Joseph Pearce and Jordan Peterson: Side By Side

Editors’ note: Side by Side is a new occasional series where we take two contemporary thinkers and simply juxtapose their ideas side by side and let you, the reader, ponder and draw conclusions. In some cases they will be paradoxical or contradictory ideas, sometimes great minds thinking alike. In this case we take these two distinguished men’s meditations on unaccepted suffering and its consequences. 

Jordan Peterson is a distinguished Toronto psychology professor, clinical psychologist, also now best-selling author of 12 Rules for Life, who became famous for refusing to obey a proposed Canadian law mandating transgender pronouns. Prof. Peterson sometimes describes himself as an atheist, sometimes says he is a Christian, sometimes says he lives as if Christianity is true, and sometimes says it depends on what you mean by words like “Christian” and “faith.” It’s complicated.

Joseph Pearce is Tolkien & Lewis Chair in Literary Studies at Holy Apostles College & Seminary, the editor of the St. Austin Review and senior editor at the Augustine Institute. His latest book is Further Up and further in: Understanding Narnia.  His Catholic Arts Today Interview on “Death Comes for the War Poets” is here. He’s Catholic.

Joseph Pearce:

“In [Flannery O’Connor’s] ‘A Good Man is Hard to Find’ the real absence of this acceptance [of suffering], as revealed by the Misfit’s complaints about the suffering that he had experienced, leads to a desire to inflict suffering on others. The anger that is the bitter fruit of the Misfit’s non-acceptance is literally deadly, reaping havoc.

O’Connor presents us with another misfit in ‘Good Country People’, a misfit who makes a dark art of cynical indifferences…like the other Misfit, she feels that life has treated her badly and she hates life because of it, and, as for God, if He exists He is the One responsible for her hateful life. The sin of pride, the source of her bitterness, is made evident by the fact that she has effectively declared herself the god of her own cosmos, a fact revealed by O’Connor through the words of defiance that Hulga directs to her mother: ‘If you want me, here I am-LIKE I AM.’ This is clearly a thinly veiled reference to the name that God gives to Himself, when asked His name by Moses in the Book of Exodus: I Am Who I Am. This could be translated as Hulga utters it: “I am-LIKE I AM.” Hulga has not only changed her name, she has changed her religion. She now worships herself alone. She has declared herself god of herself. This, of course, is the de facto position of all relativists. In refusing to accept the existence of absolutes, including truth itself, they make themselves the sole arbiters of reality.”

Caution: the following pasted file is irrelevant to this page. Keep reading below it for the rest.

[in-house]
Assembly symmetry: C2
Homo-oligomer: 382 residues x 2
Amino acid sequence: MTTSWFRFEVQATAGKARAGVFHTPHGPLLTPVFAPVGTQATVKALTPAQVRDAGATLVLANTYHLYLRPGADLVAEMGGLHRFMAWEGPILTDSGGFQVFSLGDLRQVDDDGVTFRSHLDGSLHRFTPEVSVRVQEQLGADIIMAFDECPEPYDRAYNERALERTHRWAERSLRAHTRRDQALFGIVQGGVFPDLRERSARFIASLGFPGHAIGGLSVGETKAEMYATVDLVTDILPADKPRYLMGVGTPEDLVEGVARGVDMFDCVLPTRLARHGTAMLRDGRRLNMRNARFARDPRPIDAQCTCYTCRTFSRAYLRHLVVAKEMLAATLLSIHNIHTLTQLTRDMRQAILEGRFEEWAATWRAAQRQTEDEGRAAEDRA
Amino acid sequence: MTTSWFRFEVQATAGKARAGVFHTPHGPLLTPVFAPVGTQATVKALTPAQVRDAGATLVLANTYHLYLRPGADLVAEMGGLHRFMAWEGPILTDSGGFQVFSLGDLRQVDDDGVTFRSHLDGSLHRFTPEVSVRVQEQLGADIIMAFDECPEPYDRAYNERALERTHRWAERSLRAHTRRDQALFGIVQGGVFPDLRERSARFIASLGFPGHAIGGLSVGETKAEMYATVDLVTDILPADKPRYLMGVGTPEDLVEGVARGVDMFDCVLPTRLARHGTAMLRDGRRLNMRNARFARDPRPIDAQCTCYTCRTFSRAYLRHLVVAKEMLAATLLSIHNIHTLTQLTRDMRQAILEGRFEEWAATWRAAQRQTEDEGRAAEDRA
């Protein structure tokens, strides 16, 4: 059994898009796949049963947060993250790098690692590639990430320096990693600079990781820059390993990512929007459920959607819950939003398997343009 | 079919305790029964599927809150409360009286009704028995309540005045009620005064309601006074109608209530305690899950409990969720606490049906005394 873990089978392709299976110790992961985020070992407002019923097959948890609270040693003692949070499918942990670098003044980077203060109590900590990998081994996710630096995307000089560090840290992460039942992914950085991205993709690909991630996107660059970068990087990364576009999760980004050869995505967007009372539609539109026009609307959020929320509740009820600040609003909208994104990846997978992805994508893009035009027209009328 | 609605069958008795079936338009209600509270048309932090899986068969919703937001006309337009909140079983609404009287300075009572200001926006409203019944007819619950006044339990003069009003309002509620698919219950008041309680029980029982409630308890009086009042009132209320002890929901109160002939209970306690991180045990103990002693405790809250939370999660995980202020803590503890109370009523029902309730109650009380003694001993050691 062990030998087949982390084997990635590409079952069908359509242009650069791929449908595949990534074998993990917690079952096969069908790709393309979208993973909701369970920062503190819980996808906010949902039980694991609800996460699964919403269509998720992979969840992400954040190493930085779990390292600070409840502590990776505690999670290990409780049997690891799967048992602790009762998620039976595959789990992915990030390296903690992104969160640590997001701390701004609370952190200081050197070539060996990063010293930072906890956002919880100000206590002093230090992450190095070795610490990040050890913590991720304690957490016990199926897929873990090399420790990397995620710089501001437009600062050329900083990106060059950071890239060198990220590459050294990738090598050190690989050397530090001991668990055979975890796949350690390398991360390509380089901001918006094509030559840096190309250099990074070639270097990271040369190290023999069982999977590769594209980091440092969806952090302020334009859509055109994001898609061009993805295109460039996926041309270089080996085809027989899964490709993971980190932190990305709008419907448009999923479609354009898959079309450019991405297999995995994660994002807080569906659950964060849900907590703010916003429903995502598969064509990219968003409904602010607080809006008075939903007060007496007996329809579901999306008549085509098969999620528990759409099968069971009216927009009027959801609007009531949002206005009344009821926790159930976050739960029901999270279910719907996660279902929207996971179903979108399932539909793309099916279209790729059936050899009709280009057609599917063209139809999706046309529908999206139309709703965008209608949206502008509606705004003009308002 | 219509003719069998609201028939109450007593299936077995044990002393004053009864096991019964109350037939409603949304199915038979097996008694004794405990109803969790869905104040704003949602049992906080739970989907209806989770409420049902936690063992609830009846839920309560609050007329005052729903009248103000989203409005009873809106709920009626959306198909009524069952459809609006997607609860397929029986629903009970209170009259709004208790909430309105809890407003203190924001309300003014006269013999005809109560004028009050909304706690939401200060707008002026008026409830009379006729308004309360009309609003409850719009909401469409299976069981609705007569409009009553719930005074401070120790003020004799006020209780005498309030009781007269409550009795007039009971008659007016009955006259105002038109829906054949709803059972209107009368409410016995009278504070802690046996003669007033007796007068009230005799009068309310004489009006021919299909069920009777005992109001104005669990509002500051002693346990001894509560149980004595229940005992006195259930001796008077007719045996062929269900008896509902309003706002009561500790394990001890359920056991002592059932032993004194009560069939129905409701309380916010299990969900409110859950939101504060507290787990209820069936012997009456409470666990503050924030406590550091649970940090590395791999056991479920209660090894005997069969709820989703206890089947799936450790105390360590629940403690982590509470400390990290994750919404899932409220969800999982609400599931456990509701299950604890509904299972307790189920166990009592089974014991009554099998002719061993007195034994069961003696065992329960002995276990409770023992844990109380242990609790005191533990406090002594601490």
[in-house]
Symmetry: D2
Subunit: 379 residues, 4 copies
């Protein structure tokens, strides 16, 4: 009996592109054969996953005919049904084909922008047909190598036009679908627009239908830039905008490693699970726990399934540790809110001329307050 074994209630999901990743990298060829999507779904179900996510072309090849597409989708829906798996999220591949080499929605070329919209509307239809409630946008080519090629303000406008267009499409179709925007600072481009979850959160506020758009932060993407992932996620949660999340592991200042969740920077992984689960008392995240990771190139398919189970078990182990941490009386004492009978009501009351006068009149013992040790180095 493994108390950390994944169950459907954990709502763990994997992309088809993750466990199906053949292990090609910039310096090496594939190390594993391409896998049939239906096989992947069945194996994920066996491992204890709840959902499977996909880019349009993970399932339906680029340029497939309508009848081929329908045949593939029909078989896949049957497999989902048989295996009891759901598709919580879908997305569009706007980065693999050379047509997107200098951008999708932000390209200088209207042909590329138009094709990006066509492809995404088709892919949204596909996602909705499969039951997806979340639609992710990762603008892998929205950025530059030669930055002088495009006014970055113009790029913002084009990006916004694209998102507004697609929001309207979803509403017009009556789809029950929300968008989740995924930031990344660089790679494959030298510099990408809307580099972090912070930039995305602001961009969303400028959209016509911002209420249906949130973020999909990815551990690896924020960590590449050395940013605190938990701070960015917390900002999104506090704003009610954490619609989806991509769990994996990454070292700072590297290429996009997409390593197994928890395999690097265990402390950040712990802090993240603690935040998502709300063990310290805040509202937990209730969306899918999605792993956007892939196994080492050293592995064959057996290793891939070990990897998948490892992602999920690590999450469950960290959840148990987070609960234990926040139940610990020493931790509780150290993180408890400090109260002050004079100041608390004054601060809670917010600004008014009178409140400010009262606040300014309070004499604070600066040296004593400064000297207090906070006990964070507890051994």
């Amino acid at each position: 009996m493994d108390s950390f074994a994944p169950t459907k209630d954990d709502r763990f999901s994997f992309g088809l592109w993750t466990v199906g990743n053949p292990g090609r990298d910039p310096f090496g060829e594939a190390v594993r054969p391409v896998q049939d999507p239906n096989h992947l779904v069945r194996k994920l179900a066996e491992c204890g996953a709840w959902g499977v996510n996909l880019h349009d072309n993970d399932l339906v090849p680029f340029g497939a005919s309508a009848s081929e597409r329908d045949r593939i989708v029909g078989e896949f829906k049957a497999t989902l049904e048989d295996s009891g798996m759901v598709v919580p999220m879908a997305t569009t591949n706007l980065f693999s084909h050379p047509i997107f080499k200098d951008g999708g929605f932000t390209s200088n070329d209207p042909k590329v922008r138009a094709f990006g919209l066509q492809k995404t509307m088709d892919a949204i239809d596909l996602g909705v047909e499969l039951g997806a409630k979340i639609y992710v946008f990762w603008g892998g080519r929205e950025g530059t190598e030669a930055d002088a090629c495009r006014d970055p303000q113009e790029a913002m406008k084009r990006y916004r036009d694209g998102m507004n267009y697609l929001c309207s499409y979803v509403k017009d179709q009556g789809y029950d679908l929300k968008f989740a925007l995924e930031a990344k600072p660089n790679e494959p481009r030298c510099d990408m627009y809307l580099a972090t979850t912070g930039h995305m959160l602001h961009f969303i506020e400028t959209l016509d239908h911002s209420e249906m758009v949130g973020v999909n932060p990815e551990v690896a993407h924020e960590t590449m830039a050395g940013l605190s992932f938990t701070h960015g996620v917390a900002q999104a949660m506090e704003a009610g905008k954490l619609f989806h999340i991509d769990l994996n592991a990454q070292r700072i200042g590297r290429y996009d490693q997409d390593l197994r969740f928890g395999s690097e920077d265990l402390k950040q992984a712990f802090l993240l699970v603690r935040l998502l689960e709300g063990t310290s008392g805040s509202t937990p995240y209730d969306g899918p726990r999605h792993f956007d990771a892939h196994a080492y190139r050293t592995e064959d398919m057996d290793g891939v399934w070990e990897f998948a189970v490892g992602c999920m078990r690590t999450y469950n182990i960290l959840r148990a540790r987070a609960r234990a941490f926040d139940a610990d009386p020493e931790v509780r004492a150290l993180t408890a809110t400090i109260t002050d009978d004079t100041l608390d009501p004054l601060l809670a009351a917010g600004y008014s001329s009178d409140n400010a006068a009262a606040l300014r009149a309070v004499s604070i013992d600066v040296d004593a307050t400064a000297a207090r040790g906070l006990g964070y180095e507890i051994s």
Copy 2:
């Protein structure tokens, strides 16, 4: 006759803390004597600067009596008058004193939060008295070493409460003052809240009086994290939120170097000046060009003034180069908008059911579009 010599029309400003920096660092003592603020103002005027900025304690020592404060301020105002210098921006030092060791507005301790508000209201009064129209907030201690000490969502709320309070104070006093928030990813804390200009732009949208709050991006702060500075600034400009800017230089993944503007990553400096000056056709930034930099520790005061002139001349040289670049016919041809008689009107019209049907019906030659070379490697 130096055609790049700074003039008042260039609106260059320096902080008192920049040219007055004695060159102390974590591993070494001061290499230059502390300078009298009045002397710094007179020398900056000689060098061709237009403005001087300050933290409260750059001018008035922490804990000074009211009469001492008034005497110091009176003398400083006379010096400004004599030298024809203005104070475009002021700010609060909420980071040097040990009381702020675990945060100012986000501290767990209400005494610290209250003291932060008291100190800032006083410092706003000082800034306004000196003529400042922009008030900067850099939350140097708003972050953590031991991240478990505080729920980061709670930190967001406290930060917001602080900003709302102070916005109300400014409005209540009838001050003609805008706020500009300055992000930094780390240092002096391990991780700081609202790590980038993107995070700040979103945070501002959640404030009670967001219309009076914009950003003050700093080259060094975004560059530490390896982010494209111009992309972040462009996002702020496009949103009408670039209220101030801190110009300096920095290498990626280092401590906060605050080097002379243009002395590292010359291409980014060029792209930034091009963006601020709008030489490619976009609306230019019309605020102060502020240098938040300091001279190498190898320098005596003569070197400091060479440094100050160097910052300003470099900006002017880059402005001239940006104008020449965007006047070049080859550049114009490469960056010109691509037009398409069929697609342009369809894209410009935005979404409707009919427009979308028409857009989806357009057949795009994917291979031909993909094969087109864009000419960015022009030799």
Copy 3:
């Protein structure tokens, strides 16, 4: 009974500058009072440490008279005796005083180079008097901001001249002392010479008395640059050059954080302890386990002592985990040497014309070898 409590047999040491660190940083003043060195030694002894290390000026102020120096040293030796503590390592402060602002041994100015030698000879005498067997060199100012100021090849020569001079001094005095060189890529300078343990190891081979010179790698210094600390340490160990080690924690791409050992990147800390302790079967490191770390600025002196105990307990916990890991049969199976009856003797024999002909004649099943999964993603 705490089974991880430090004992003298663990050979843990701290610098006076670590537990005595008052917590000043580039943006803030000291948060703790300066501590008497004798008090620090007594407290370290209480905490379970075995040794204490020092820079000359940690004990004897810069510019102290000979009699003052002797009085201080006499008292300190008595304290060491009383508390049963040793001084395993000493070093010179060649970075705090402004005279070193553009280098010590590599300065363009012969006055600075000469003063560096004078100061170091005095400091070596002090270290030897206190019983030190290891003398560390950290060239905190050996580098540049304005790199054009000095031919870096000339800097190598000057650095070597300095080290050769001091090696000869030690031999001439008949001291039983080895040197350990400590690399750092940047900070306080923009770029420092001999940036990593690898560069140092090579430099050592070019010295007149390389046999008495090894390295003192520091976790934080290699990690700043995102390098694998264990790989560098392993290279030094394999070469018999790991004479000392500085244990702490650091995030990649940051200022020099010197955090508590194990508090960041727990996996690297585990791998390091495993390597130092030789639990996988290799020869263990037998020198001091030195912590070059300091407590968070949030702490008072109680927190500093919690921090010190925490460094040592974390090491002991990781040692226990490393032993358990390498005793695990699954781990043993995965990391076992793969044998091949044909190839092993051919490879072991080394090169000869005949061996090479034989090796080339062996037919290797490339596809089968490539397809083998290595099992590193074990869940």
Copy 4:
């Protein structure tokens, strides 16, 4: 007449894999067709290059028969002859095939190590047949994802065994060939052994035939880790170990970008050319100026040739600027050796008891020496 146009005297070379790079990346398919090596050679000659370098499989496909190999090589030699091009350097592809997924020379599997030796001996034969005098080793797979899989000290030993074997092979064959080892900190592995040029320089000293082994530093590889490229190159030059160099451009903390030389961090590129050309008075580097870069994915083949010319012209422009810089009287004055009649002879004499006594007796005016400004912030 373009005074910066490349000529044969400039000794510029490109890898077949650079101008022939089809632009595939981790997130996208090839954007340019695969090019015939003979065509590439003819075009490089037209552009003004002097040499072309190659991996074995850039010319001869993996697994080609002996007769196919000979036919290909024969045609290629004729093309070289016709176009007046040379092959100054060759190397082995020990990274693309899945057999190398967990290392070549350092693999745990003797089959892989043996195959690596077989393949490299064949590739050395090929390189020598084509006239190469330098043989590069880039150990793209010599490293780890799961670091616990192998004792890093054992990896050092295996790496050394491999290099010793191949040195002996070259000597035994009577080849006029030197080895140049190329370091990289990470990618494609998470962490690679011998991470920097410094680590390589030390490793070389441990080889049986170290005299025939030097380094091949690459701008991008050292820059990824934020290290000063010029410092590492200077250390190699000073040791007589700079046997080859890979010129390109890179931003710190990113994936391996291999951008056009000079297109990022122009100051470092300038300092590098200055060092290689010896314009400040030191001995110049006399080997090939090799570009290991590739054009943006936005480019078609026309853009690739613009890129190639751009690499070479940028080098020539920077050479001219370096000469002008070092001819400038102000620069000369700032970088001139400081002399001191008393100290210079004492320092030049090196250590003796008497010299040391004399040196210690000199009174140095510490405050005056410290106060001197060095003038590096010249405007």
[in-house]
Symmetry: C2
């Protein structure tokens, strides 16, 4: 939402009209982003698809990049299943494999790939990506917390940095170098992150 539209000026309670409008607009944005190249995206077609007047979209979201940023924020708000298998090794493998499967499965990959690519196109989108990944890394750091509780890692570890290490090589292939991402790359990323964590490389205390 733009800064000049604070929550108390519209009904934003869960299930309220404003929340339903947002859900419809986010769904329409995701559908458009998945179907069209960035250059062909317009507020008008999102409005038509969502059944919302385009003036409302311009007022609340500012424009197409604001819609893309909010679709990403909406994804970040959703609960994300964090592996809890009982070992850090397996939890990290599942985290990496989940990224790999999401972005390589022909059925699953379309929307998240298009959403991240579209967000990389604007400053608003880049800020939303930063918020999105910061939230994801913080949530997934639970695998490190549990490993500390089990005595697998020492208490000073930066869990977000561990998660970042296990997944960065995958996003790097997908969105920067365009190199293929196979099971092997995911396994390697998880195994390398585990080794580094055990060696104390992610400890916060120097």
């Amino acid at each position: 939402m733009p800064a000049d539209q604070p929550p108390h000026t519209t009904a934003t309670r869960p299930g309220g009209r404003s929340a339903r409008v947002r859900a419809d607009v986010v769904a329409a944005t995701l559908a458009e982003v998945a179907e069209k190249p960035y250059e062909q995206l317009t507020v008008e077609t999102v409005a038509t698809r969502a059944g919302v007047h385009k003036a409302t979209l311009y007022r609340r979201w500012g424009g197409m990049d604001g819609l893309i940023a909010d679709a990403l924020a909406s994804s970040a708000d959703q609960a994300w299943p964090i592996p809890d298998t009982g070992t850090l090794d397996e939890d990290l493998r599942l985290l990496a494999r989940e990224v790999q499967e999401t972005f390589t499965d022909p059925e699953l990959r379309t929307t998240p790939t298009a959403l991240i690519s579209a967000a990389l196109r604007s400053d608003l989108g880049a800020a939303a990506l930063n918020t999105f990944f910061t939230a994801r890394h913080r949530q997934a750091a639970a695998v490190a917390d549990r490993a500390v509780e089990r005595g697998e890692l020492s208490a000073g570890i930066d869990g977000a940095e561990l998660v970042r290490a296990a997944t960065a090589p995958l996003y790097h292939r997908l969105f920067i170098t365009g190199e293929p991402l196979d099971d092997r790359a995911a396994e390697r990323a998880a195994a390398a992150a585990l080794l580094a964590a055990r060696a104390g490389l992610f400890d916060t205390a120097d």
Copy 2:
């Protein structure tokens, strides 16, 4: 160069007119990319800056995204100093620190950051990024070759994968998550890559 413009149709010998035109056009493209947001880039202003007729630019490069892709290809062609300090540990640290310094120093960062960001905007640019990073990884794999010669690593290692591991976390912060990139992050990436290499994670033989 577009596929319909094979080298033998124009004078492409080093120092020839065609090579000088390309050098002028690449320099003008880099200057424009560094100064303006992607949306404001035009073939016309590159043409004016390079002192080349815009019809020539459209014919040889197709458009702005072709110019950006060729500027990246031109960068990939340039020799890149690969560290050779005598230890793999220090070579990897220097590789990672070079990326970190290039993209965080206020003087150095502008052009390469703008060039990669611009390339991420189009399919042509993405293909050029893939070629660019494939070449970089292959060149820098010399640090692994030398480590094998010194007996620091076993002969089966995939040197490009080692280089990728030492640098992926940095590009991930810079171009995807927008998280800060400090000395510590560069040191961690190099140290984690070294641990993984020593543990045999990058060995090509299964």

“Flannery O’Connor: Misfit and Mystic” in the March/April 2018 Saint Austin Review.

Jordan Peterson:

“[T]hese murderous individuals had a problem with reality that existed at a religious depth. As one of the members of the Columbine duo wrote:

‘The human race isn’t worth fighting for, only worth killing. Give the Earth back to the animals. They deserve it infinitely more than we do. Nothing means anything anymore.’

People who think such things view Being itself as inequitable and harsh to the point of corruption, and human Being, in particular, as contemptible. They appoint themselves supreme adjudicators of reality and find it wanting….

Whenever we experience injustice, real or imagined; whenever we encounter tragedy or fall prey to the machinations of others; whenever we experience the horror and pain of our own apparently arbitrary limitation-the temptation to question Being and then to curse it rises fouly from the darkness. Why must innocent people suffer so terribly? What kind of bloody, horrible planet is this, anyway?…

The desire for vengeance, however justified, also bars the way to other productive thoughts. The American/English poet T.S. Eliot explained why, in his play, The Cocktail Party. One of his characters is not having a good time of it. She speaks of her profound unhappiness to a psychiatrist. She says she hopes that all her suffering is her own fault. The psychiatrist is taken aback. He asks why. She has thought long and hard about this, she says, and has come to the following conclusion: if it’s her fault, she might be able to do something about it. If it’s God’s fault, however-if reality itself is flawed, hell-bent on ensuring her misery-then she is doomed. She couldn’t change the structure of reality itself. But maybe she could change her own life.”

12 Rules for Life: An Antidote to Chaos (Random House Canada: 2018

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